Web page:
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This time, let's do it right

The overwhelming loss of life and material damage caused by Hurricane Mitch has produced an outpouring of international assistance. Some has been used to help people get through the immediate emergency. Far more will be used to rebuild the countries' devastated economies.

How will this future aid be used? If the result of rebuilding leaves these countries exactly where they were before the hurricane, a great opportunity will have been lost, particularly in the cases of Honduras and Nicaragua. Both these countries were already extremely poor. A history of civil war, foreign intervention, revolution and dictatorship has left their democratic systems very fragile. Their governmental institutions remain rife with cronyism, corruption and inefficiency. The still-modest private sector mirrors the inefficiencies and corrupt practices of the public sphere.

These countries have been the victims of catastrophes caused by nature and by man. While natural disasters cannot be averted, their effects are magnified by the actions of people.

For example, after the Nicaragua earthquakes of 1972-1973, Anastasio Somoza, Nicaragua's former dictator, said that the event was a "revolution of opportunity" since it opened the way for massive investment and the aid flows to finance it. But the "opportunities" flowed directly into the pockets of Somoza and his cronies, and seven years later another type of revolution broke out, this time triggering a civil war with U.S. and Soviet involvement. Today, two decades later, the country's per capita gross domestic product stands at the level of 40 years earlier.

If we hope to break the cycle of natural and man-made disasters, international aid must be channeled to these countries with much greater care than in the past. Although humanitarian assistance cannot be made conditional, the long-term rebuilding must start from the premise that traditional aid reconstruction programs will not work.

We know, for instance, that much of the damage caused by the hurricane was due to massive deforestation. Therefore, the international community should help to promote massive reforestation plans in these countries and insist on a supervised ban on lumber exports until rational forest management programs are in place. The reconstruction program could include a substantial component of international aid to swap for natural-resources conservation and restoration.

The present emergency should not sidetrack the process of strengthening democratic institutions, particularly those that bring order, security and trust, such as the judiciary and regulatory agencies. The worst thing imaginable would be if inefficient or corrupt management of aid were to deepen the distrust of the citizens of these countries in their democratic institutions. Similarly, aid money must be spent where it is most needed. It should be used to rebuild poor districts, not middle- and upper-class neighborhoods.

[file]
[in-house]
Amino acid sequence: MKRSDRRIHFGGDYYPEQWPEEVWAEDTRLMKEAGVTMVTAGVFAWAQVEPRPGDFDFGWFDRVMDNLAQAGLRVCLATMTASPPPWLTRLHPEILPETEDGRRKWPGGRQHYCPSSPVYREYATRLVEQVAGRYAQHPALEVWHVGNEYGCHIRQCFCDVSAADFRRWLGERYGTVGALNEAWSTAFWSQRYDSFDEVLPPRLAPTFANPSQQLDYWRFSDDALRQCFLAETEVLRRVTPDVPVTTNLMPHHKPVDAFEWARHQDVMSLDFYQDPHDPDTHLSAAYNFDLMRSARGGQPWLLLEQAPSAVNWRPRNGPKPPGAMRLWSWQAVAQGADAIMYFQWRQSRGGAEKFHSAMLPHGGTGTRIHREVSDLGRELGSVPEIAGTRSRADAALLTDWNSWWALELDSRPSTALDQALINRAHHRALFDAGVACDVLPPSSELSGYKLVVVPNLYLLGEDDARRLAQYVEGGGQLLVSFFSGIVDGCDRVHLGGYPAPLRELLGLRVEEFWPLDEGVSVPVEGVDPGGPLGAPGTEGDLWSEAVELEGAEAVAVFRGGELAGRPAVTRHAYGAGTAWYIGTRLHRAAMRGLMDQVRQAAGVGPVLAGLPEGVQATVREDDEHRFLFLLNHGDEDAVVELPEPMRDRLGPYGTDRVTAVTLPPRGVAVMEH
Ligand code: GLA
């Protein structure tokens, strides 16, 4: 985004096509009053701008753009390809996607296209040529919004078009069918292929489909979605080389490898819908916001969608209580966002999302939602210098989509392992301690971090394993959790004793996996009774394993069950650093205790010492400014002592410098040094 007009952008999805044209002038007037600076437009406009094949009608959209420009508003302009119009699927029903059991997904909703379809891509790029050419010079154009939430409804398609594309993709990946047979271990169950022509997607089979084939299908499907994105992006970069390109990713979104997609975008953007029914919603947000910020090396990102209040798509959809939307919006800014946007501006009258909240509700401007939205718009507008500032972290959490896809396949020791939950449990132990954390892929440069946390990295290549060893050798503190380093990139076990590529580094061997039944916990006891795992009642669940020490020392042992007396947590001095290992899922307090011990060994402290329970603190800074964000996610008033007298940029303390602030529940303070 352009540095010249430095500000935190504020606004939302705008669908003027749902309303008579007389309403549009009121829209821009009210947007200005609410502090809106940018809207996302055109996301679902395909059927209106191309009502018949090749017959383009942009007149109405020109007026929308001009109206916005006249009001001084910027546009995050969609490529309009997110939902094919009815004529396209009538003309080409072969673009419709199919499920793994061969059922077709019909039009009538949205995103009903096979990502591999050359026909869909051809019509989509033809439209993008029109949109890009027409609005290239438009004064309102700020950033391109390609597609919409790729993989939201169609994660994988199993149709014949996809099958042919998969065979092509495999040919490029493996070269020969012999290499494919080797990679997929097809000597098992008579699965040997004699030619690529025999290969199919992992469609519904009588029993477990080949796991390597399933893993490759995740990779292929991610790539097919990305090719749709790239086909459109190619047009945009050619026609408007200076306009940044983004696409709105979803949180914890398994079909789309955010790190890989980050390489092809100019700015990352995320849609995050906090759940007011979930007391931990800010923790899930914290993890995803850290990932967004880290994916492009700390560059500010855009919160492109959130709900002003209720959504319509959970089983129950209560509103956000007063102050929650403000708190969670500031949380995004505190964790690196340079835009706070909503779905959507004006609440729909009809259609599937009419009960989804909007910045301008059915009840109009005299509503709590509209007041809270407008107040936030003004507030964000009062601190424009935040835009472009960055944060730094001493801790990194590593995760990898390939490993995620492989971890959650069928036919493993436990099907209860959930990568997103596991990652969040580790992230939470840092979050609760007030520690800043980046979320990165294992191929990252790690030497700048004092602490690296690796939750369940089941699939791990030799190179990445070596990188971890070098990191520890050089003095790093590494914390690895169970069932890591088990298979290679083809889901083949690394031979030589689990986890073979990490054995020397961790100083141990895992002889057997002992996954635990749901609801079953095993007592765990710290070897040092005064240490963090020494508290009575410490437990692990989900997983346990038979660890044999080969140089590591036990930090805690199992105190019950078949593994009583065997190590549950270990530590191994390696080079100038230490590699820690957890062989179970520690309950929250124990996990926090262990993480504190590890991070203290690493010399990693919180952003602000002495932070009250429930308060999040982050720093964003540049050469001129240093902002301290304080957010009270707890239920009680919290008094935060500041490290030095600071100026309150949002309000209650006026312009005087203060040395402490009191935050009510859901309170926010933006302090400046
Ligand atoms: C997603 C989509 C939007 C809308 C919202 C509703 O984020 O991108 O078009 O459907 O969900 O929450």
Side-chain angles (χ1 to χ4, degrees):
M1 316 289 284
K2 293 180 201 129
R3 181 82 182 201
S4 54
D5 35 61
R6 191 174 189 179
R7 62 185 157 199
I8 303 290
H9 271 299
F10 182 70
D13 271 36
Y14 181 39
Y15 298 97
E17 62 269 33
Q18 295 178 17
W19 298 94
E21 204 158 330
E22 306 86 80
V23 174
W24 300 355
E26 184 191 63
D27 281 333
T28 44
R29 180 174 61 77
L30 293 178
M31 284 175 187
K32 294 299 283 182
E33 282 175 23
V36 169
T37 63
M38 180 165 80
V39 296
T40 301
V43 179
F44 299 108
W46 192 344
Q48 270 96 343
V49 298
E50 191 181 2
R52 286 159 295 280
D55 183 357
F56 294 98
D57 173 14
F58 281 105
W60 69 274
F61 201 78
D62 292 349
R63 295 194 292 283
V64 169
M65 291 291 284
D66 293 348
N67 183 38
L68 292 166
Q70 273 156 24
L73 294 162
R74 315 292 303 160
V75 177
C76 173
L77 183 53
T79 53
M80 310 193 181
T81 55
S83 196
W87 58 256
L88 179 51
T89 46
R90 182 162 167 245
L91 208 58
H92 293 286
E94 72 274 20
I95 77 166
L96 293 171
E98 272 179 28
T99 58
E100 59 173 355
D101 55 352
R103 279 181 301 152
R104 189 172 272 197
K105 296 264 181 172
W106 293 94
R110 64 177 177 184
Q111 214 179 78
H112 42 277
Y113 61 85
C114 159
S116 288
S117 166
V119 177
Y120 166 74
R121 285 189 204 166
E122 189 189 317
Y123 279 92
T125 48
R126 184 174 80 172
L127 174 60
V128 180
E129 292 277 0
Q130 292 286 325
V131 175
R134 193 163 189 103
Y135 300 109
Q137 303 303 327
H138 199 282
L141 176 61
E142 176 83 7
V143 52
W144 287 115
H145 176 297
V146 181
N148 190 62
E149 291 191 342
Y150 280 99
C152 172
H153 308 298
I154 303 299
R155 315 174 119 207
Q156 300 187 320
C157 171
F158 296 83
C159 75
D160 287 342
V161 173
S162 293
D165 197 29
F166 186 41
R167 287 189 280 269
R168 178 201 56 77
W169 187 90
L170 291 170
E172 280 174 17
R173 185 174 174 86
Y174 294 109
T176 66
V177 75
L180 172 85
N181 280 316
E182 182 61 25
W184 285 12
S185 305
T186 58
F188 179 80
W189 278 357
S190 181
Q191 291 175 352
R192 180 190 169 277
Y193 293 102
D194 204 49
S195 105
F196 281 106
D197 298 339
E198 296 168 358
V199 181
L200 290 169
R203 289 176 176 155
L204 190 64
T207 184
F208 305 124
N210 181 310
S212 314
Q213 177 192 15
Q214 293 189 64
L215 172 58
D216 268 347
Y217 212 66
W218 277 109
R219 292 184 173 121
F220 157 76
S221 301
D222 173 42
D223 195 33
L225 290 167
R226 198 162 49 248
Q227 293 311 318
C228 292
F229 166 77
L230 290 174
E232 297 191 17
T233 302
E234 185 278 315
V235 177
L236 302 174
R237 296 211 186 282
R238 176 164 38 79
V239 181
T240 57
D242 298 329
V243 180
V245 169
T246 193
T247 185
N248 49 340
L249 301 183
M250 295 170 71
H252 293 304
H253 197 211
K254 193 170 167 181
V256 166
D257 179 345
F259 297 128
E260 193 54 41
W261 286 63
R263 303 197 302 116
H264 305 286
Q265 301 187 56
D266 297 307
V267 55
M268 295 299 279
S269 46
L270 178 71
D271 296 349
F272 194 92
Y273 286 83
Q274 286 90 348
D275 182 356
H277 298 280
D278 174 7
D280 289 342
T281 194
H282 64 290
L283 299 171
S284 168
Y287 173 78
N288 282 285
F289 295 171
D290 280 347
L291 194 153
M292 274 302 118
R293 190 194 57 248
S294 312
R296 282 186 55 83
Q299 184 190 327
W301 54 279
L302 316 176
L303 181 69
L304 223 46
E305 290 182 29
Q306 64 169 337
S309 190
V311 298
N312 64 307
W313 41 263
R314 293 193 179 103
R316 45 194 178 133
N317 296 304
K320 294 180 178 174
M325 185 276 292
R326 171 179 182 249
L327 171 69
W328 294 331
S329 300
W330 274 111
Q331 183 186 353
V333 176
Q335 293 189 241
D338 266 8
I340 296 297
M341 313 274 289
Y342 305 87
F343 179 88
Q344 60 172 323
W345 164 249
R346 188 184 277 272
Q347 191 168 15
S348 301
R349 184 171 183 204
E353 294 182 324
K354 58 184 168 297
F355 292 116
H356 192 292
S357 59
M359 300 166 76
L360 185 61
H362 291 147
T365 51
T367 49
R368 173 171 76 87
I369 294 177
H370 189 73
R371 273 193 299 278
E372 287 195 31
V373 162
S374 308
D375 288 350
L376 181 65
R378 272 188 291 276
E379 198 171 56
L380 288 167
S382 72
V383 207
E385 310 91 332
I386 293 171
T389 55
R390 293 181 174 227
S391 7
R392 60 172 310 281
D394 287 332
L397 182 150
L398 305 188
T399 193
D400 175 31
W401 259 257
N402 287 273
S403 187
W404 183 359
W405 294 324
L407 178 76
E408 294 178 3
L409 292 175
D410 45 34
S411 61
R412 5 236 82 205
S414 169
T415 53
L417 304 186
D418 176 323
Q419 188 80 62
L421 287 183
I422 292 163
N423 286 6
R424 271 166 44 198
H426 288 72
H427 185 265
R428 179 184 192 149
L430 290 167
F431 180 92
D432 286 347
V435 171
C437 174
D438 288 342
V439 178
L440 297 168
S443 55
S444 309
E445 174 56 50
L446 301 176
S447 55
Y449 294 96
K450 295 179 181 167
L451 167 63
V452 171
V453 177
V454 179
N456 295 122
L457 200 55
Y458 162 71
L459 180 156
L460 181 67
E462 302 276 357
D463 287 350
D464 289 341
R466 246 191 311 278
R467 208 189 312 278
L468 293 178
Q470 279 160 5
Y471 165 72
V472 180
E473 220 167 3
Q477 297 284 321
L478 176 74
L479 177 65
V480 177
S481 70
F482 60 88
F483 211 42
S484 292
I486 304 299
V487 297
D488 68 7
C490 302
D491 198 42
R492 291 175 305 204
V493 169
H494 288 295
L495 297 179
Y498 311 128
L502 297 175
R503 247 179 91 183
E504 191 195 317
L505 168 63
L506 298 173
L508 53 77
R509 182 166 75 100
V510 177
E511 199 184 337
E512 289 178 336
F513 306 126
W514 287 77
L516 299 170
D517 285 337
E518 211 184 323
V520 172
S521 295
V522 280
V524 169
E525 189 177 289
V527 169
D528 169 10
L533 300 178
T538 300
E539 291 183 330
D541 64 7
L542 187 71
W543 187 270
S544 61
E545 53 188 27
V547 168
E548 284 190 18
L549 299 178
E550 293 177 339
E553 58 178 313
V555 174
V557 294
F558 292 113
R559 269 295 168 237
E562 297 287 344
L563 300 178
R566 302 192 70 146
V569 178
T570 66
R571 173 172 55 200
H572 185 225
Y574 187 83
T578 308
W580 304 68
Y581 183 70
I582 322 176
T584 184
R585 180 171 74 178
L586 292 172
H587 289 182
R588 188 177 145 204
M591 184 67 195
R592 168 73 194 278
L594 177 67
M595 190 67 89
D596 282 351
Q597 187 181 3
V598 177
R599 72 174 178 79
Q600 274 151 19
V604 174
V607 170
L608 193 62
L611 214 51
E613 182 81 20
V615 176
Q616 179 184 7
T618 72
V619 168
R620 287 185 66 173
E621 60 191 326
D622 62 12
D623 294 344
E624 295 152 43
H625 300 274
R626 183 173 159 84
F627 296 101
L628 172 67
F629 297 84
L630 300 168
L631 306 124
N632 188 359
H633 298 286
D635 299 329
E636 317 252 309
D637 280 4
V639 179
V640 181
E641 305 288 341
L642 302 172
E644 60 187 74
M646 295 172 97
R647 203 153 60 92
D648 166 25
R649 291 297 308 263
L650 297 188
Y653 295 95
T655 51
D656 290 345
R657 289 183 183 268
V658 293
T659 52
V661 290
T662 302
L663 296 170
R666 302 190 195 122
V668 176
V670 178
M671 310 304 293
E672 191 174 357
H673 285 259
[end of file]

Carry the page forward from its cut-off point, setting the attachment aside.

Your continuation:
Reconstruction should also be an occasion for rationalizing the role of the military. For the first time in history, the Nicaraguan and Honduran armed forces are under civilian authority. But their equipment still consists of tanks and other weapons which are useless in a democratic society with no external threats. They have no bulldozers or transport vehicles. Outfitting and training the armies and the police to work in reconstruction and protection of natural resources would help to consolidate one of the most sensitive aspects of the transition to democracy.

Finally, the incoming aid could help advance the process of Central America's economic and political integration. The destruction of bridges in Honduras and Nicaragua has disrupted trade within the region. Increased poverty could swell the already alarming flows of refugees to Costa Rica. We should seize this opportunity to establish supranational authorities for development of border areas; such programs have been on the drawing board for years, and are strategically important for development in Central America.

These are only some ideas. Our challenge is to transform tragedy into opportunity and make a virtue of necessity.

--The writer is chief of the IDB's State and Civil Society Division and a former Nicaraguan legislator. This article was adapted from a piece that appeared in the Spanish newspaper El PaÌs.

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